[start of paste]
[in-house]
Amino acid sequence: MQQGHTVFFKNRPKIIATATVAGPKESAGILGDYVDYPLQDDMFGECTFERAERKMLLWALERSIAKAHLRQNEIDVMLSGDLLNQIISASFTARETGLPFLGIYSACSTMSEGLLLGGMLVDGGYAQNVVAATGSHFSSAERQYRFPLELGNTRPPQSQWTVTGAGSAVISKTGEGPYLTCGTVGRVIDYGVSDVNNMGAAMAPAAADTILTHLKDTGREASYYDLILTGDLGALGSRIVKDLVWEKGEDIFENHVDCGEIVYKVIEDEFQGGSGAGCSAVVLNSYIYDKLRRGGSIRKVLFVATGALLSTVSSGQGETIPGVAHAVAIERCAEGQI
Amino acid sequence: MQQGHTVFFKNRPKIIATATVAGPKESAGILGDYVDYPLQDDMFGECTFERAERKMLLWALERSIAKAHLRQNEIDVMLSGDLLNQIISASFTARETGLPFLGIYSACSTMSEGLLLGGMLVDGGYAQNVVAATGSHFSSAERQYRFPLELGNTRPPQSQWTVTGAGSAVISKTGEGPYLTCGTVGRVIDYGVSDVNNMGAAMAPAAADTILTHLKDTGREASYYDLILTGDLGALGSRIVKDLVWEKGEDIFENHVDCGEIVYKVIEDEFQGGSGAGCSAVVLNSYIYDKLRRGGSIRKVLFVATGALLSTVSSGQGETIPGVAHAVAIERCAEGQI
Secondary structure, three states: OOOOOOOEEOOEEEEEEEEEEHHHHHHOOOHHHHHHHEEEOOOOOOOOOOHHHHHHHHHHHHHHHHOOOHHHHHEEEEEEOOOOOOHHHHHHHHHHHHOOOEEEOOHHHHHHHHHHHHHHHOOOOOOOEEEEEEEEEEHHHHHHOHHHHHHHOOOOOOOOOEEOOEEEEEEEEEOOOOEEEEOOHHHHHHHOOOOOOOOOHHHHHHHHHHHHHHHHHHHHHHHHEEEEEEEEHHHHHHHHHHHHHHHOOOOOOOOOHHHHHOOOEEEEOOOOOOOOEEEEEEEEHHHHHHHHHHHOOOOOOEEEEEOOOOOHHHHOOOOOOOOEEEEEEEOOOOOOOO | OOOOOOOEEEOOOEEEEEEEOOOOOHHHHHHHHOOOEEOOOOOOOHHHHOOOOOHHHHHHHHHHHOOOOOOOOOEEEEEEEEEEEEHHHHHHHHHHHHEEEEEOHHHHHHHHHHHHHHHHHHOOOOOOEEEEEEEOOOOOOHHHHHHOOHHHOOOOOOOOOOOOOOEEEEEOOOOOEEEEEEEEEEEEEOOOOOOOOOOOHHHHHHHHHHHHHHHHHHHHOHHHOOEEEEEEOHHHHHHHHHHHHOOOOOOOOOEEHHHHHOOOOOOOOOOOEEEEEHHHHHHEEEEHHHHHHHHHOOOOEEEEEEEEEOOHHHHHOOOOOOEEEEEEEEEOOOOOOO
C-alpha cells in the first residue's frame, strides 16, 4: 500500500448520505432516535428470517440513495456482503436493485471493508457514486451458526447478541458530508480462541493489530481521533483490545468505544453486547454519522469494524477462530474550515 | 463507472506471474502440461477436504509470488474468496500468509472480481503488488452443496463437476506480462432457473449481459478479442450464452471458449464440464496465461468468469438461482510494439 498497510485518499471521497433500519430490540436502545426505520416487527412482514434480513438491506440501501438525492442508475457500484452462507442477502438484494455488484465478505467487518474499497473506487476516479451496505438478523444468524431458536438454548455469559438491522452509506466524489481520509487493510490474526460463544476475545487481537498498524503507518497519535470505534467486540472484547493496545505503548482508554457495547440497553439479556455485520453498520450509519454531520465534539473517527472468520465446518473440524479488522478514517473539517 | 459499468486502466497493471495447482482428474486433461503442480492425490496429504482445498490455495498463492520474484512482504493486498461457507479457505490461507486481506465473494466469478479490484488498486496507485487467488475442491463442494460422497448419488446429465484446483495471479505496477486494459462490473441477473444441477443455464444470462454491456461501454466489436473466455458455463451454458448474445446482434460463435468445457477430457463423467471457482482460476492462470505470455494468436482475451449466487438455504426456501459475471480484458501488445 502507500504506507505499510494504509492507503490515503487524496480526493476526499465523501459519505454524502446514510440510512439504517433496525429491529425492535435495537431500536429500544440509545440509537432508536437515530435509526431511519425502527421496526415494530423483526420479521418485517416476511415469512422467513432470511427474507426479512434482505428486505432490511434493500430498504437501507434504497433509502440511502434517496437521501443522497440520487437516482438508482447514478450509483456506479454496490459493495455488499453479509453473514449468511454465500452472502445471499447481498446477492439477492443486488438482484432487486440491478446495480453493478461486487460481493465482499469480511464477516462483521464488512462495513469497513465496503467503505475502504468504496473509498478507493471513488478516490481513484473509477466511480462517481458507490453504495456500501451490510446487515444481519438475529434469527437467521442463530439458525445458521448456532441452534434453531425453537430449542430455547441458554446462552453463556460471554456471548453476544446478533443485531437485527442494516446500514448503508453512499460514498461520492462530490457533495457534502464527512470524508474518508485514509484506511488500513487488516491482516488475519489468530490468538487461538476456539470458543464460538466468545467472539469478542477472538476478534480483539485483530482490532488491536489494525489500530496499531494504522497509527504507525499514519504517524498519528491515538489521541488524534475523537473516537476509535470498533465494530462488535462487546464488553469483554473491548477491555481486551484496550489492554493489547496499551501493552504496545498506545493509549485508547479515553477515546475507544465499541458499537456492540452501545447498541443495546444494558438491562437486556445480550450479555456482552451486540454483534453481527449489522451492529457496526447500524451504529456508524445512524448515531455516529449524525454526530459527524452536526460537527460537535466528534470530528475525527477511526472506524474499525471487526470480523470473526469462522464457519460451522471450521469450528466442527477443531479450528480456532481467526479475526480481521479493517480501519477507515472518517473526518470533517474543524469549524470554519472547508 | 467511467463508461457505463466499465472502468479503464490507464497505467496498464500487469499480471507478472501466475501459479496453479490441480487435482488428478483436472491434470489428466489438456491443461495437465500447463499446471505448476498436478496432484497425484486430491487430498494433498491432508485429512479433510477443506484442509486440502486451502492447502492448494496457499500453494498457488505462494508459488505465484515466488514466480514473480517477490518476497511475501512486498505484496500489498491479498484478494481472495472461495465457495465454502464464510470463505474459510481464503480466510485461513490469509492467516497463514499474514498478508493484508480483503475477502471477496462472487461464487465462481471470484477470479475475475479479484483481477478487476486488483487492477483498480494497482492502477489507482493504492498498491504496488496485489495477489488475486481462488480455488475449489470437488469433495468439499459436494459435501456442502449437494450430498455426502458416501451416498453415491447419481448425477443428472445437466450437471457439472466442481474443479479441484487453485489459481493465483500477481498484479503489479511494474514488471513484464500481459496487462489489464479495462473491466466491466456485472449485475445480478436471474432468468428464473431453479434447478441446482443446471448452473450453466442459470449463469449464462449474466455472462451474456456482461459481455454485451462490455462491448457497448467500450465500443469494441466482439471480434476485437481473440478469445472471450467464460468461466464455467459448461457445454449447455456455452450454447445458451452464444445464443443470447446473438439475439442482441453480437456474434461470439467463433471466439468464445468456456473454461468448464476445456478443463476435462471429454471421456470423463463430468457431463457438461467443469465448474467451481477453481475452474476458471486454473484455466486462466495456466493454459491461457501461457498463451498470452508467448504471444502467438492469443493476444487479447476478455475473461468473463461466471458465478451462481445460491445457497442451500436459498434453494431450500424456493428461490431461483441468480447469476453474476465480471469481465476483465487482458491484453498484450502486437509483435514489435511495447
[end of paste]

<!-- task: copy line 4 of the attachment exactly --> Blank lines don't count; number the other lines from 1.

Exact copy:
Secondary structure, three states: OOOOOOOEEOOEEEEEEEEEEHHHHHHOOOHHHHHHHEEEOOOOOOOOOOHHHHHHHHHHHHHHHHOOOHHHHHEEEEEEOOOOOOHHHHHHHHHHHHOOOEEEOOHHHHHHHHHHHHHHHOOOOOOOEEEEEEEEEEHHHHHHOHHHHHHHOOOOOOOOOEEOOEEEEEEEEEOOOOEEEEOOHHHHHHHOOOOOOOOOHHHHHHHHHHHHHHHHHHHHHHHHEEEEEEEEHHHHHHHHHHHHHHHOOOOOOOOOHHHHHOOOEEEEOOOOOOOOEEEEEEEEHHHHHHHHHHHOOOOOOEEEEEOOOOOHHHHOOOOOOOOEEEEEEEOOOOOOOO | OOOOOOOEEEOOOEEEEEEEOOOOOHHHHHHHHOOOEEOOOOOOOHHHHOOOOOHHHHHHHHHHHOOOOOOOOOEEEEEEEEEEEEHHHHHHHHHHHHEEEEEOHHHHHHHHHHHHHHHHHHOOOOOOEEEEEEEOOOOOOHHHHHHOOHHHOOOOOOOOOOOOOOEEEEEOOOOOEEEEEEEEEEEEEOOOOOOOOOOOHHHHHHHHHHHHHHHHHHHHOHHHOOEEEEEEOHHHHHHHHHHHHOOOOOOOOOEEHHHHHOOOOOOOOOOOEEEEEHHHHHHEEEEHHHHHHHHHOOOOEEEEEEEEEOOHHHHHOOOOOOEEEEEEEEEOOOOOOO